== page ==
Under the Fair Work Act, national system employees (other than those engaged on a casual basis), are entitled to 10 days each year paid sick leave (personal) for each year of service. This entitlement accrues on a progressive basis during each year of service and many employees will have an accrual in excess of 10 days.

There is no limit on the number of days of accrued leave that can be taken as personal leave.

Employer Obligations


What do I do if an employee has recently returned from overseas (from 11:59pm Sunday 15 March 2020)?

The Australian Government has imposed a universal precautionary self-isolation requirement on all international arrivals in Australia (effective as at 11:59pm Sunday 15 March 2020).

This means that all employees - whether they be citizens, residents or visitors - will be required to self-isolate for 14 days upon arrival in Australia because of their possible or actual exposure to the COVID-19 virus.

Self-isolation means staying in your home, hotel room or provided accommodation and not leaving for the period of time that you are required to isolate for (currently 14 days). Only people who usually live in the household should be in the home. No visitors should be allowed.

The Department of Health has issued isolation guidance which can be accessed here.

Technically an employee is not entitled to take sick/carer’s (personal) leave under the Fair Work Act unless they are absent from work due to either a personal injury or illness, a need to care for a member of their immediate family or household who is sick or injured or due to a family emergency.

This means that an employee returning from travel who is required by government to self-isolate, but is not yet sick themselves cannot avail themselves of sick (personal) leave. This is because, to qualify for personal leave, an employee must be “not fit for work” because of an illness or injury affecting them. It is unlikely that this pre-requisite will be met by persons who are not yet diagnosed as ill but merely require isolation.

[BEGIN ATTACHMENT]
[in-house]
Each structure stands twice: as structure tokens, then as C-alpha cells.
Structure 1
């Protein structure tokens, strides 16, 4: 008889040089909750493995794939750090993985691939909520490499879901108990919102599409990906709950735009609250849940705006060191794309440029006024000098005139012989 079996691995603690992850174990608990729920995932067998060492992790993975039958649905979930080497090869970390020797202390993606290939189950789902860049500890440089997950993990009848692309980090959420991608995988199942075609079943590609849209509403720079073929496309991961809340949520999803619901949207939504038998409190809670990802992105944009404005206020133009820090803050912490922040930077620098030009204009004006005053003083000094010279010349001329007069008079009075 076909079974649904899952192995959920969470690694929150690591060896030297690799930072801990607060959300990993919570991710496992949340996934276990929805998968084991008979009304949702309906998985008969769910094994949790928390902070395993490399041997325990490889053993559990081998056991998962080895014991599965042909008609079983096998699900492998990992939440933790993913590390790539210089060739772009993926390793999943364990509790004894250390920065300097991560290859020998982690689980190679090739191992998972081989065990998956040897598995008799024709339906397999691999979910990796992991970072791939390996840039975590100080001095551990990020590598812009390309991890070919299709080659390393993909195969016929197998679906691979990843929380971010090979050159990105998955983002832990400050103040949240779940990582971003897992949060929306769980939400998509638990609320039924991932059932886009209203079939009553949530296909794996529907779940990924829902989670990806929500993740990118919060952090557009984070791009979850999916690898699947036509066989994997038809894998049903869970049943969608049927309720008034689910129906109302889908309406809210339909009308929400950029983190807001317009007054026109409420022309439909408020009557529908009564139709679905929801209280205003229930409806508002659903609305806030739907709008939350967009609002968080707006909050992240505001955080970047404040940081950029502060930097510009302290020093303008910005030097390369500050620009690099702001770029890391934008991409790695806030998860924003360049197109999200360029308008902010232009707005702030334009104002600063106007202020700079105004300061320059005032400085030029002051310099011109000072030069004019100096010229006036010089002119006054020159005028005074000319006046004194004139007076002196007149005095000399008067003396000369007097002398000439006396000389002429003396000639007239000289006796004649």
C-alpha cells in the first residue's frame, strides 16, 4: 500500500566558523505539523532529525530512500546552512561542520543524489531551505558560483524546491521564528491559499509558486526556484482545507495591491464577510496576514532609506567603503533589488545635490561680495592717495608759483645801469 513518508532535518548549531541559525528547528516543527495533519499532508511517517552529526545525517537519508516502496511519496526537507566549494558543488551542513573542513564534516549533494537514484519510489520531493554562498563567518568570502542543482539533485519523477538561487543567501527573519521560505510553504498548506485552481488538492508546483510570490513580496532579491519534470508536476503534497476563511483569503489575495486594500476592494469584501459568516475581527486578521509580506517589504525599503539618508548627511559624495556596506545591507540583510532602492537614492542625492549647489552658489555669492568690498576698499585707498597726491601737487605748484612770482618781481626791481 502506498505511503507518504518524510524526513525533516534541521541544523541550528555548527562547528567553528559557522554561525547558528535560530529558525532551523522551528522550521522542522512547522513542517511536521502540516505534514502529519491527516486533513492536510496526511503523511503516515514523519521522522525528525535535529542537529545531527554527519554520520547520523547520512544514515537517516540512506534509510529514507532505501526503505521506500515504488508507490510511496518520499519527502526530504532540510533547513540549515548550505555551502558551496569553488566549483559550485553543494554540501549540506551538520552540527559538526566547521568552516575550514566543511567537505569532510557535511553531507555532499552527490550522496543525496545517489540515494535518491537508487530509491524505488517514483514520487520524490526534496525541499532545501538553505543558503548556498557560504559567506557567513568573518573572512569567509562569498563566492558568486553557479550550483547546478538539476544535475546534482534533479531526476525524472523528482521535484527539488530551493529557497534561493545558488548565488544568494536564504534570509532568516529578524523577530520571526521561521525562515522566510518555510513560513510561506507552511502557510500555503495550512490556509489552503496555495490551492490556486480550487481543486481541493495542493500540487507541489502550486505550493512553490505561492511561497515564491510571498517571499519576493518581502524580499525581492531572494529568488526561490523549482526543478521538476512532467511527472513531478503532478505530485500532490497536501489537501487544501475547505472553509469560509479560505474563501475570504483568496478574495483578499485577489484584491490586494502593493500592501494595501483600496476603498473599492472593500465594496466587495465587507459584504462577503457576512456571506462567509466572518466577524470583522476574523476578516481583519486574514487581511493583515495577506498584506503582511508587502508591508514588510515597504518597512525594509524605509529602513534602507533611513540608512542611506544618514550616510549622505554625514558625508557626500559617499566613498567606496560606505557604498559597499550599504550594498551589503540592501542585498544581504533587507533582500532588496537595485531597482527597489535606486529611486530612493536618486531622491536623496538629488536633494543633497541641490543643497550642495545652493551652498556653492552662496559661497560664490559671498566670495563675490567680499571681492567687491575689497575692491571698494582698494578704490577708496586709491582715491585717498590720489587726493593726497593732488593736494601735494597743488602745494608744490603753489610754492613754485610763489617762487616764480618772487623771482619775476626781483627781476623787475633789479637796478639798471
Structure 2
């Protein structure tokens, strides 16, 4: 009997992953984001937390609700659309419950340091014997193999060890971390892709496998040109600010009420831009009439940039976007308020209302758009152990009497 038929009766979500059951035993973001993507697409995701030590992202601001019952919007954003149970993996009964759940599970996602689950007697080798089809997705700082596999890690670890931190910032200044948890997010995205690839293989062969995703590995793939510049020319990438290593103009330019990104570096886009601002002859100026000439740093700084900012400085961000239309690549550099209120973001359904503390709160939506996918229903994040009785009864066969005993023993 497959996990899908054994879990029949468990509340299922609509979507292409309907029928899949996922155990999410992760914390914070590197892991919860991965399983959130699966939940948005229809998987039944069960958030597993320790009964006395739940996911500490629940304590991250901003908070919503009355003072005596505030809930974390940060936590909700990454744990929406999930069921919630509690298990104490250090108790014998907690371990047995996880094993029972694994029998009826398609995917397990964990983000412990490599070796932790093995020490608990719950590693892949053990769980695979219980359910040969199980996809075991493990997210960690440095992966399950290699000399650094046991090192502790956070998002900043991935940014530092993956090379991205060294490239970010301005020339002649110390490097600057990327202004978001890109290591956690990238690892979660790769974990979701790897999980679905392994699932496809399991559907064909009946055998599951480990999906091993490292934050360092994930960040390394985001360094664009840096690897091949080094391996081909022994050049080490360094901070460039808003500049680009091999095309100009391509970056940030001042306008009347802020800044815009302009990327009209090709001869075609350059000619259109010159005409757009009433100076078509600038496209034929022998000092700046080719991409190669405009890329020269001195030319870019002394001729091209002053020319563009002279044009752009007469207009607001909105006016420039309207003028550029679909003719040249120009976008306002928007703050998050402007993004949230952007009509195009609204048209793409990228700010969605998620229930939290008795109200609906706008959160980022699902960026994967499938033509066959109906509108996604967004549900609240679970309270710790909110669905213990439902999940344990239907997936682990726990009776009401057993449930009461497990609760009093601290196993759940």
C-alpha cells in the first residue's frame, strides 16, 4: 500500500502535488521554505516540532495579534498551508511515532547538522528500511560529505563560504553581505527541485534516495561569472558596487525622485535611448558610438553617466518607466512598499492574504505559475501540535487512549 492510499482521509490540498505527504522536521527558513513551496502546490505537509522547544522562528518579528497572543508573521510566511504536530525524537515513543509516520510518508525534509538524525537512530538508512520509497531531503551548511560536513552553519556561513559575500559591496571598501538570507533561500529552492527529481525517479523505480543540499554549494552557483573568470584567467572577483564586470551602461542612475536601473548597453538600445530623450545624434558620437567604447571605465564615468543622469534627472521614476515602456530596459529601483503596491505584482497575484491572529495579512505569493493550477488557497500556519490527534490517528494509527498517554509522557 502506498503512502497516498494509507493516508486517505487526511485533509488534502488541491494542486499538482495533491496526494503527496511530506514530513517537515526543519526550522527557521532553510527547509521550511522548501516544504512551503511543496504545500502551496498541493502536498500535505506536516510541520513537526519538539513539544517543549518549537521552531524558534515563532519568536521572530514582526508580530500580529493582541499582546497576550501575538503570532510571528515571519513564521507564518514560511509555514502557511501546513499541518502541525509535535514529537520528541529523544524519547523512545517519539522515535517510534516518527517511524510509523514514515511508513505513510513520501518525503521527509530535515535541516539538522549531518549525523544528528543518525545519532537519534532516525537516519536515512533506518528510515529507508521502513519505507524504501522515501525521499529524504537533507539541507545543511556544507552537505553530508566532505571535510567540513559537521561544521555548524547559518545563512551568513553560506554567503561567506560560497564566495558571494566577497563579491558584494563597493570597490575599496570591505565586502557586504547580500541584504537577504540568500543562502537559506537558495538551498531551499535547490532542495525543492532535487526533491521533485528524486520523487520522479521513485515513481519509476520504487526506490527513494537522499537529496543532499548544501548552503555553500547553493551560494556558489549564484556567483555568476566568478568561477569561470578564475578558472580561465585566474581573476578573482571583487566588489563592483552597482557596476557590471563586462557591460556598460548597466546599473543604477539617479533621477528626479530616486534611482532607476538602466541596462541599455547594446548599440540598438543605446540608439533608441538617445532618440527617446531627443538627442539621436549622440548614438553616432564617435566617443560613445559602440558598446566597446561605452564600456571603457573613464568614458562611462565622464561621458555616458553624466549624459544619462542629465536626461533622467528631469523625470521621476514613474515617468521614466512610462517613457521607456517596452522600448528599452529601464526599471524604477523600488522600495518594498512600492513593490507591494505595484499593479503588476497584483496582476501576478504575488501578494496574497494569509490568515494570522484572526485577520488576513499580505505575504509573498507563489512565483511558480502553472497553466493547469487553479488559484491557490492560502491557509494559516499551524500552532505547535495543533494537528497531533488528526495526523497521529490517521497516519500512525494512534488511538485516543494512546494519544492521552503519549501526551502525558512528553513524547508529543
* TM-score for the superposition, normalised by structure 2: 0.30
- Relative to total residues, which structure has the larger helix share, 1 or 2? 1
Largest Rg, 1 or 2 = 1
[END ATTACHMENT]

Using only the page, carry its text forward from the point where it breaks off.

On a practical level, however, it may make sense for employers to look to utilise practical solutions during the employee’s absence due to government imposed quarantine, so that employees do not suffer from a loss of pay during the isolation period where possible, such as:

• allowing the employee to work from home (where feasible), during the quarantine period;

• allowing employees to avail themselves of other leave available to an employee (such as annual leave, long service leave or any other leave available under an award, enterprise agreement or contract of employment); or

• any other paid or unpaid leave by agreement between the employee and the employer (e.g. personal leave or discretionary paid leave).

Note: Employers should be aware they may attract the risk of breaching the National Employment Standards in the Fair Work Act if they allow an employee to use personal leave where the employee is not in fact ill, even where the employee agrees to this approach.

Always be sure to also check any applicable modern awards, enterprise agreements, employment contract terms and company policies – as they may contain additional rules or entitlements which may apply to your workplace and employees.

What do I do if an employee has been in contact with someone who has or may have COVID-19 or has returned from overseas prior to 11:59pm Sunday 22 March 2020?

If an employee has recently return from overseas (prior to 11:59pm Sunday 22 March 2020) or has been “in contact with” someone who has or may have COVID-19 they may also be required to self-quarantine because of their possible or actual exposure to the virus.

Similar to the position stated earlier employees in these circumstances who need to quarantine but are not yet sick themselves cannot avail themselves of sick (personal) leave. This is because, to qualify for personal leave, an employee must be “not fit for work” because of an illness or injury affecting them. It is unlikely that this pre-requisite will be met by persons who are not yet diagnosed as ill but merely require isolation.

Again however we suggest discussing the matter with your employees and trying to utilize the practical solutions set out above, so that employees do not suffer from a loss of pay during the isolation period where possible.